Da Baby speaks of not having a chance to grieve, and then finding out that his Single “Suge” was at the top of the charts while he simultaneously got the call that his dad had passed away. In this body of work to memorialize his father and really honed on the “now”. In comparison with the EP for his brother, it told us a story, it shared grief, we felt pain. It took us down memory lane of him and his brother’s life, something he couldn’t do with the former project on the subject of his dad.
“When it happened, I didn’t really have time to grieve. I was getting on the bus to start the tour, and the very next day I found out he had passed. So I went straight from seeing him at the damn mortuary to the show — not knowing what the fuck happened, because it wasn’t like he was sick that I knew of.”
In the midst of two tragic incidents, he was able to share his pain into an enjoyable body of work.
As both of these projects immortalized his loved ones, this body of work was different. Just after his fathers death Dababy’s brother died of a self inflicted gunshot and that’s when Da Baby released “My Brothers Keeper”.
My brother’s keeper was that different sound that listeners and fans had been hoping for throughout his whole discography.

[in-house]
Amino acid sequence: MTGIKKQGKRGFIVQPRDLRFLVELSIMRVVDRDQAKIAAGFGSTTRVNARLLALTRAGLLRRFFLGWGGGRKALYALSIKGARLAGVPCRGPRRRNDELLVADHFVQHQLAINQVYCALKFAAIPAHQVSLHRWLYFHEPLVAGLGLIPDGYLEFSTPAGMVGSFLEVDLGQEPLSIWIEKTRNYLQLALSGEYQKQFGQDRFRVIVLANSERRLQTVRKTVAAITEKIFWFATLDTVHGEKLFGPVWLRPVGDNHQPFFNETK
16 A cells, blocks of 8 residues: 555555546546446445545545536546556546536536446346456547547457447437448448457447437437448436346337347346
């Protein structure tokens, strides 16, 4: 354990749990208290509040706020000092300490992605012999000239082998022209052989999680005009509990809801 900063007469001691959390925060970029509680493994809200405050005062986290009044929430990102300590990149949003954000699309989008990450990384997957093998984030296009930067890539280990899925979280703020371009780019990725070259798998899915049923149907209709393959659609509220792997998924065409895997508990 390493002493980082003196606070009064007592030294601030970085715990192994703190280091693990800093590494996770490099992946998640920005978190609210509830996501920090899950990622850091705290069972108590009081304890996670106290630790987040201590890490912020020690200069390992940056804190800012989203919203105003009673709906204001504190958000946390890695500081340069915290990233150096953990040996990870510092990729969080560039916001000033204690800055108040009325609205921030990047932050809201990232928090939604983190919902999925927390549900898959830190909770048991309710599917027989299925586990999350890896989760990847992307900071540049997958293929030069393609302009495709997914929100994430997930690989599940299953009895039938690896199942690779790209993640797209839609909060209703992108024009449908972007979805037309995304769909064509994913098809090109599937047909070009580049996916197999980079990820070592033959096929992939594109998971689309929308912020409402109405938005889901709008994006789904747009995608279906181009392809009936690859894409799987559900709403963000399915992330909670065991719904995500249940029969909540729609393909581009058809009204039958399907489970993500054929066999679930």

This is not that invasive all in your face sound he usually goes for as he raps hard on the beat as soon as it comes in. This is a different side of him. The EP was melodic and soothing.
The term my brother’s keeper comes from the story of Cain and Abel, in the Bible in Genesis 4:1–16. Basically, it goes like this: Da Baby labeled himself as such he was responsible for his brother’s life. And he also felt that he was responsible for his brother’s death. This is another reason why this grief piece was so much more powerful than his first piece to his father. He created the EP for his brother out of immortality, to show praise and to somehow let him live on forever.
The EP consisted of 7 songs placed in a strategic order that almost made it seem like we grew up with him and his brother as each song went along.
The opening song is entitled Brothers Keeper, a synopsis of the whole EP: him honoring and showing respect to his brother. The emotional lyrics and the guitar plucking- like beat comes together in startling harmony to almost make you think it’s going to be Da Baby’s usual hardcore, in your face flow, but its not that. It’s comforting and sends you on a journey of their brotherhood.